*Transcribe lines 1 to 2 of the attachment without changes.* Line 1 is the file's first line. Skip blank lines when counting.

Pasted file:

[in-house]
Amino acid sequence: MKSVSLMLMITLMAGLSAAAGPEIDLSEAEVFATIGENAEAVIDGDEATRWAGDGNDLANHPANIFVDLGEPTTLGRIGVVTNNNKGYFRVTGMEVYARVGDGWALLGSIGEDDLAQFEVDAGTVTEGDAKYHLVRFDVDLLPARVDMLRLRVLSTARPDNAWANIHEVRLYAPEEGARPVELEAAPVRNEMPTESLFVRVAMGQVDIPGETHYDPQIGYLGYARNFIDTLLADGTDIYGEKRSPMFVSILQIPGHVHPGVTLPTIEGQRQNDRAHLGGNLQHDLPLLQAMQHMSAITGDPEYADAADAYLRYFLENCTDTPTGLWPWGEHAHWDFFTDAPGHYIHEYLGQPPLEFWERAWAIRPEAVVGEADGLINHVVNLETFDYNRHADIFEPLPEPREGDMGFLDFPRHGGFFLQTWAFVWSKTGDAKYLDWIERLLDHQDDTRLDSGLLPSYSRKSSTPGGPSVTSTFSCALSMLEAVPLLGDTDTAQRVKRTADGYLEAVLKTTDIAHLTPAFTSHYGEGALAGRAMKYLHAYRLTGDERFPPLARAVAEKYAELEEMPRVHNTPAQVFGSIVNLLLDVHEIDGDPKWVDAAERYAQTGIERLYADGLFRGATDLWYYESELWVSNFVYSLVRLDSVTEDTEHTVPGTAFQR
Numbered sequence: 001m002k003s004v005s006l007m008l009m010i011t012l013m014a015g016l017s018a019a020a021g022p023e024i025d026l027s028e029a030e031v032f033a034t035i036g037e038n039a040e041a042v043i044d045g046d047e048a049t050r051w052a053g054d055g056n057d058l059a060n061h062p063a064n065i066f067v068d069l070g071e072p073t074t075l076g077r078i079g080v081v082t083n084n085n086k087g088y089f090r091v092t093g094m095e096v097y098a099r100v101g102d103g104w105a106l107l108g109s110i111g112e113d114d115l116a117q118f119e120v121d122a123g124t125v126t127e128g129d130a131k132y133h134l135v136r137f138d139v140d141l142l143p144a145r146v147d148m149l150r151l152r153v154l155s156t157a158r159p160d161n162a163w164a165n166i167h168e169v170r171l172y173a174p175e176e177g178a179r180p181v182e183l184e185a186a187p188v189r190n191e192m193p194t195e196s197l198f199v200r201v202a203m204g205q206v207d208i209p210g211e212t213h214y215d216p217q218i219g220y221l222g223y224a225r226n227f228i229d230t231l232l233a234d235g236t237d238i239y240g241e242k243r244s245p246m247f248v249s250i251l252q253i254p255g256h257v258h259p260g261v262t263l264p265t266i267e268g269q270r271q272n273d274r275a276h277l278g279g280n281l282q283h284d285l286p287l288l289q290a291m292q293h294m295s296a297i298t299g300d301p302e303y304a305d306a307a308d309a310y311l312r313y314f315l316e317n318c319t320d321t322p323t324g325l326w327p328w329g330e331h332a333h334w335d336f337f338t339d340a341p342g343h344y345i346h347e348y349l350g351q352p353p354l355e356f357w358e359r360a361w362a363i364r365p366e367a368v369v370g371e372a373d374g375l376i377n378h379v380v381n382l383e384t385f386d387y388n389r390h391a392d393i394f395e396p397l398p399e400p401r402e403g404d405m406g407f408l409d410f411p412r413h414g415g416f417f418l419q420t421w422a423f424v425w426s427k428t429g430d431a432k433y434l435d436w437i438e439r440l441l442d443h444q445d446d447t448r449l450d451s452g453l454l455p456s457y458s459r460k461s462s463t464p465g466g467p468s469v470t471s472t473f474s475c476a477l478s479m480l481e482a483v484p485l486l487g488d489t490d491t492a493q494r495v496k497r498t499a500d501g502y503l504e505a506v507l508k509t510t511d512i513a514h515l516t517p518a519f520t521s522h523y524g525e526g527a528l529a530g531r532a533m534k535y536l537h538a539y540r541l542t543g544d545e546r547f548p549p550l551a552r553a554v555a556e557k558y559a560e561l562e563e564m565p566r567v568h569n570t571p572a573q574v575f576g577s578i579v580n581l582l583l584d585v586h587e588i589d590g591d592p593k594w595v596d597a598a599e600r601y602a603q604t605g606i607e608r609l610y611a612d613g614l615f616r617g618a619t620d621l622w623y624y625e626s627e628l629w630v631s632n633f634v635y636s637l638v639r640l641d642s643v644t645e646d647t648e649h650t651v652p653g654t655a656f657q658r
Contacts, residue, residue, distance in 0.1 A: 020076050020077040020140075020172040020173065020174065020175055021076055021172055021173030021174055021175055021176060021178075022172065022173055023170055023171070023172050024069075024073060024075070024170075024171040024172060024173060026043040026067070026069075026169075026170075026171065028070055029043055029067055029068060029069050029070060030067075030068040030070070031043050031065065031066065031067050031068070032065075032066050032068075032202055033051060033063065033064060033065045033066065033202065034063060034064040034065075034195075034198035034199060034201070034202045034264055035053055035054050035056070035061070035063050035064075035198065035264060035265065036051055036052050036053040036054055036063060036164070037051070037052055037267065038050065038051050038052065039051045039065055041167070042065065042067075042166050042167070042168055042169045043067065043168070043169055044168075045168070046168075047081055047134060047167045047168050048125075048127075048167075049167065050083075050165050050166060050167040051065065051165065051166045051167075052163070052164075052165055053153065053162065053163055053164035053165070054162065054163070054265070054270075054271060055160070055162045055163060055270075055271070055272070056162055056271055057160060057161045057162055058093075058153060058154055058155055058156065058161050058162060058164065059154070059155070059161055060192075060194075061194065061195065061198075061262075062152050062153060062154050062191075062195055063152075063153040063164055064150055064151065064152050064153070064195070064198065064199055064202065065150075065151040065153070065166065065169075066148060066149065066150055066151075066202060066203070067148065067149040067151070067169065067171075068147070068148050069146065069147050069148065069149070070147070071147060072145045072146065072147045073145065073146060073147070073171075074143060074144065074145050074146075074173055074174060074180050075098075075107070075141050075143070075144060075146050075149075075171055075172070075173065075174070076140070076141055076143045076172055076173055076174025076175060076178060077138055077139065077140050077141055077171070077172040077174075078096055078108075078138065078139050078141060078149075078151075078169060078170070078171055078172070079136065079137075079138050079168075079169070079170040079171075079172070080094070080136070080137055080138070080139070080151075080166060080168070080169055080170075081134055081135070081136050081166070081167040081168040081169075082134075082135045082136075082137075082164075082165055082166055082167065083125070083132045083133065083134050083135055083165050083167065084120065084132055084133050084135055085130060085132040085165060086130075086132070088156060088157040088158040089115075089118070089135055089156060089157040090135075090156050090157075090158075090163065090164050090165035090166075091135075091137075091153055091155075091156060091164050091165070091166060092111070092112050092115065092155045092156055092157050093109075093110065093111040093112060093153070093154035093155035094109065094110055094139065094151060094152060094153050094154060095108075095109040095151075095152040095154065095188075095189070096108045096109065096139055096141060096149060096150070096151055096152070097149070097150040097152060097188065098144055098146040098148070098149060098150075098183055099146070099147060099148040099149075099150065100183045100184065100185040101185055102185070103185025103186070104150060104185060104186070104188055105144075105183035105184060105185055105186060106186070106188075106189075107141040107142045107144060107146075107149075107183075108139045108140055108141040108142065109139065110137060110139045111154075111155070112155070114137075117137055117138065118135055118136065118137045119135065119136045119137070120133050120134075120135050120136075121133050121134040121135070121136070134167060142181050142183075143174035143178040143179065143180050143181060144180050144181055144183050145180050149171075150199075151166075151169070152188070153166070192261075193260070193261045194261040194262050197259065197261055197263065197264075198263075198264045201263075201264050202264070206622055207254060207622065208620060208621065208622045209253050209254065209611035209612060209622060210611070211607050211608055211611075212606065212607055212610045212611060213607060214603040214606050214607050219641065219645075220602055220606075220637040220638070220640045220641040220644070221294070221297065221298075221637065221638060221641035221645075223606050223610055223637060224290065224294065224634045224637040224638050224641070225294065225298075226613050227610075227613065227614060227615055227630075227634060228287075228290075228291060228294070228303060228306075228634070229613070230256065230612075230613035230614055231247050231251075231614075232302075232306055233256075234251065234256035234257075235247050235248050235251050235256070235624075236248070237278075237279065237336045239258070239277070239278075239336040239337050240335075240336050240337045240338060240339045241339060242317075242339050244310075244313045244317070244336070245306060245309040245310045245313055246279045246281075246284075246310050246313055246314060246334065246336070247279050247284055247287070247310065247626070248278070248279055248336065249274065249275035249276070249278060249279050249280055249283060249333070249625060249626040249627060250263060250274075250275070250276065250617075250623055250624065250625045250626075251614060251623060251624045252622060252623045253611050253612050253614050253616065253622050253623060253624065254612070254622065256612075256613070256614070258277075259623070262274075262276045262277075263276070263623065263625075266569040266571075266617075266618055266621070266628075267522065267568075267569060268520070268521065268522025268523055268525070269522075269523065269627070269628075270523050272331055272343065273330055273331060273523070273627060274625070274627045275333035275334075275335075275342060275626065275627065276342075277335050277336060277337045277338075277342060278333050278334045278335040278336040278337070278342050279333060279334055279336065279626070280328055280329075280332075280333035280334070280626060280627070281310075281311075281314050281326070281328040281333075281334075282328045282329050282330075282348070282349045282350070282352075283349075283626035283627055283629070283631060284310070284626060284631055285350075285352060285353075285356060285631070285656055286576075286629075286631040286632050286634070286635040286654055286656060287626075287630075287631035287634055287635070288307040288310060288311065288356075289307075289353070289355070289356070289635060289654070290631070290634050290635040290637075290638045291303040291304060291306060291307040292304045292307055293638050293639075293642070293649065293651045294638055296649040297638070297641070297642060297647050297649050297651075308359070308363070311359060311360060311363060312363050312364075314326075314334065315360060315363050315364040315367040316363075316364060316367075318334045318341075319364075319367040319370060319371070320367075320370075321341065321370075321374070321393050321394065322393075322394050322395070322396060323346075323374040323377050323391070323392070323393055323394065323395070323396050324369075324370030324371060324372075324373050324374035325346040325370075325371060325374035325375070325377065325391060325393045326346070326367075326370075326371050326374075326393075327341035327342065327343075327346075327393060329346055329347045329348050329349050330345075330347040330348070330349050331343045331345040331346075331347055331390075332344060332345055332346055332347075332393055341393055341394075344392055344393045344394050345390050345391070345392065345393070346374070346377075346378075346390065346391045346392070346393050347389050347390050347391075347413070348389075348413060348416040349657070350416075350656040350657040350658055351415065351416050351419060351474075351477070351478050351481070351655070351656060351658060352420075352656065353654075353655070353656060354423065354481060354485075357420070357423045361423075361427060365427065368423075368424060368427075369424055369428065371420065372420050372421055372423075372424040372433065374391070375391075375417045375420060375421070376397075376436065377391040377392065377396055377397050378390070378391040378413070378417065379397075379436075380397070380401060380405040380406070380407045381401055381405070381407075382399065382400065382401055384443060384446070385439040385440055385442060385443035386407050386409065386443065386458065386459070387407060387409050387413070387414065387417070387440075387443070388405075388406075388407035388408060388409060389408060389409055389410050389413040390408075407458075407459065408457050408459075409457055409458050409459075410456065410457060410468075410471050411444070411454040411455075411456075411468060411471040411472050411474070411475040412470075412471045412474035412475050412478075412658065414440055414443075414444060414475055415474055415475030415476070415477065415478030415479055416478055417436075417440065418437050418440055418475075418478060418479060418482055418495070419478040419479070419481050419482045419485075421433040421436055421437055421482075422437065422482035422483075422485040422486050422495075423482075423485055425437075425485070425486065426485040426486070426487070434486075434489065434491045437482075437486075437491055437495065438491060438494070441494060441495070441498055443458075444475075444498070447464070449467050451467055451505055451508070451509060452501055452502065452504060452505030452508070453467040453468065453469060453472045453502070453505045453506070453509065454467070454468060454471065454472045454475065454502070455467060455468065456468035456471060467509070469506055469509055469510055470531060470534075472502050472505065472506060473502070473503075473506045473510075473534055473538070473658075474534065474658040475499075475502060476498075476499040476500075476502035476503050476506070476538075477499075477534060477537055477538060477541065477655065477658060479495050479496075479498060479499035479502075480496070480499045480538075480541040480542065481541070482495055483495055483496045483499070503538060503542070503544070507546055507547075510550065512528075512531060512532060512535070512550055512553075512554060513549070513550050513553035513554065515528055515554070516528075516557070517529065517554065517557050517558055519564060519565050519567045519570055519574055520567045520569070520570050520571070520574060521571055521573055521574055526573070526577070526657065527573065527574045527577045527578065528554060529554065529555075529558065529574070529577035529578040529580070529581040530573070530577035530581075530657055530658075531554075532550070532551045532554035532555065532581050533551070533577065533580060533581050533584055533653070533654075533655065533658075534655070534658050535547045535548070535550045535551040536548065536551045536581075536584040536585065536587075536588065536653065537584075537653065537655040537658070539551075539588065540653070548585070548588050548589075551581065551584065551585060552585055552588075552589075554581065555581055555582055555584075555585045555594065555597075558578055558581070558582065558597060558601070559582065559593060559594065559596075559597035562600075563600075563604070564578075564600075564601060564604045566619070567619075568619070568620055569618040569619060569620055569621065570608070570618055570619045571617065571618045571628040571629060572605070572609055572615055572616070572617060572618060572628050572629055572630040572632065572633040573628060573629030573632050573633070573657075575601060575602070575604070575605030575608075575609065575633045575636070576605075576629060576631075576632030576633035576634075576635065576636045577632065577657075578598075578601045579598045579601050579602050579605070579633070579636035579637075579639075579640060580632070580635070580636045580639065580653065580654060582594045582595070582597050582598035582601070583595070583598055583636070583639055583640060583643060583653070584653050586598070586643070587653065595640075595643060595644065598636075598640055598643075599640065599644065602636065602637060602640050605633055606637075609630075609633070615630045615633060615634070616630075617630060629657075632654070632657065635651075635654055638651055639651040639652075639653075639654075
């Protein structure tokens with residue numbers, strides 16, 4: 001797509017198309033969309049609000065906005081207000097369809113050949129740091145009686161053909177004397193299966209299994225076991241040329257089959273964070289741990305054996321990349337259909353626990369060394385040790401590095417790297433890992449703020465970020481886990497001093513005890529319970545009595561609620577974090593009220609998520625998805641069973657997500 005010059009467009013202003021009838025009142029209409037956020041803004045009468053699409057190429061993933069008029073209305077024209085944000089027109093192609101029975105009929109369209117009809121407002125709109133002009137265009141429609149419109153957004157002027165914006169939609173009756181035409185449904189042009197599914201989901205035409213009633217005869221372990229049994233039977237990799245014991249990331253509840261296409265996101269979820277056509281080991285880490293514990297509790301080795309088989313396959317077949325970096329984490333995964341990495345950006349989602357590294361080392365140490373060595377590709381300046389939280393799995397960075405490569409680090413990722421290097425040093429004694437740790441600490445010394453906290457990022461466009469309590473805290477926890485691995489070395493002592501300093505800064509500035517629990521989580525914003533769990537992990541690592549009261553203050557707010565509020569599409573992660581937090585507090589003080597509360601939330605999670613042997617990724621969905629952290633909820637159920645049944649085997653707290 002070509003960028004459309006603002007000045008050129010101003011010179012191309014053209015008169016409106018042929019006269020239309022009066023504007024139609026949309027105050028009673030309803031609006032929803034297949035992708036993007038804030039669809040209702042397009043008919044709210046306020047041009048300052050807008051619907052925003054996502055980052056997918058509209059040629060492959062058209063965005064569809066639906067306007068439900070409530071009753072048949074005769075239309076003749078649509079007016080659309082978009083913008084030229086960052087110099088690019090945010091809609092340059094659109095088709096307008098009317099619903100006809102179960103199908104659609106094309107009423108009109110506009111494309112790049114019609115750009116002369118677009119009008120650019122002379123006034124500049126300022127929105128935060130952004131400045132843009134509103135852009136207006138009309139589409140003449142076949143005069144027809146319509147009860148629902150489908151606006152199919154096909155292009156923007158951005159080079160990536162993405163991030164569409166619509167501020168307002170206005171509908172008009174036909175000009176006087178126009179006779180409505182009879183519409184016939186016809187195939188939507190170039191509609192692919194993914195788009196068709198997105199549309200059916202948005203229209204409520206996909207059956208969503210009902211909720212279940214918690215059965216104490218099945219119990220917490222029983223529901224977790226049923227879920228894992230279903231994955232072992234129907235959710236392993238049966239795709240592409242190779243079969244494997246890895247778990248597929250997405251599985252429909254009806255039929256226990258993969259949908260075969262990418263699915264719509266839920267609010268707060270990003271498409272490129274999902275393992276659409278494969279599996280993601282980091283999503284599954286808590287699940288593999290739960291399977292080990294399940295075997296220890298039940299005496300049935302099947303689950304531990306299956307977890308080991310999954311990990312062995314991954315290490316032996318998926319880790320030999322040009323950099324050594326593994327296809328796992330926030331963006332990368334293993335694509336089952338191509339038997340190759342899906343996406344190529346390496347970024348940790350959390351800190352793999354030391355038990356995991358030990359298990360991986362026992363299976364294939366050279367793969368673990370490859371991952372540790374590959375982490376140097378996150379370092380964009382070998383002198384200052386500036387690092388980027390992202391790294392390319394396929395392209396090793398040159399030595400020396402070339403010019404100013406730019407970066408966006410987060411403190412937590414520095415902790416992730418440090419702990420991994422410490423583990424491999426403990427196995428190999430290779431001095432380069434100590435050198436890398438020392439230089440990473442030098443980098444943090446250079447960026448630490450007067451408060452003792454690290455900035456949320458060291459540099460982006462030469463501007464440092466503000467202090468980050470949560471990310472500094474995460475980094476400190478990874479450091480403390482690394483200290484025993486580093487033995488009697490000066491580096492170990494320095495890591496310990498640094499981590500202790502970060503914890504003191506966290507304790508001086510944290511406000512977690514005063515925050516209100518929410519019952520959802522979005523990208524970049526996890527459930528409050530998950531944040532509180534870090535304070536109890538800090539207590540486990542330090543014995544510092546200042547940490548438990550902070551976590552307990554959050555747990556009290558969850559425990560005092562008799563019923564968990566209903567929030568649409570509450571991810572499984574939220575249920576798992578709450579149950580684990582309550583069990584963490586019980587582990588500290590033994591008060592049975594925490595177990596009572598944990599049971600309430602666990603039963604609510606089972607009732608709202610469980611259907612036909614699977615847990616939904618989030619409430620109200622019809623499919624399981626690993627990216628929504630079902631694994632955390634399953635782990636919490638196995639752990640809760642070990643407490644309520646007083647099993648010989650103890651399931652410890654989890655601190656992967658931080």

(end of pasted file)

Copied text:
[in-house]
Amino acid sequence: MKSVSLMLMITLMAGLSAAAGPEIDLSEAEVFATIGENAEAVIDGDEATRWAGDGNDLANHPANIFVDLGEPTTLGRIGVVTNNNKGYFRVTGMEVYARVGDGWALLGSIGEDDLAQFEVDAGTVTEGDAKYHLVRFDVDLLPARVDMLRLRVLSTARPDNAWANIHEVRLYAPEEGARPVELEAAPVRNEMPTESLFVRVAMGQVDIPGETHYDPQIGYLGYARNFIDTLLADGTDIYGEKRSPMFVSILQIPGHVHPGVTLPTIEGQRQNDRAHLGGNLQHDLPLLQAMQHMSAITGDPEYADAADAYLRYFLENCTDTPTGLWPWGEHAHWDFFTDAPGHYIHEYLGQPPLEFWERAWAIRPEAVVGEADGLINHVVNLETFDYNRHADIFEPLPEPREGDMGFLDFPRHGGFFLQTWAFVWSKTGDAKYLDWIERLLDHQDDTRLDSGLLPSYSRKSSTPGGPSVTSTFSCALSMLEAVPLLGDTDTAQRVKRTADGYLEAVLKTTDIAHLTPAFTSHYGEGALAGRAMKYLHAYRLTGDERFPPLARAVAEKYAELEEMPRVHNTPAQVFGSIVNLLLDVHEIDGDPKWVDAAERYAQTGIERLYADGLFRGATDLWYYESELWVSNFVYSLVRLDSVTEDTEHTVPGTAFQR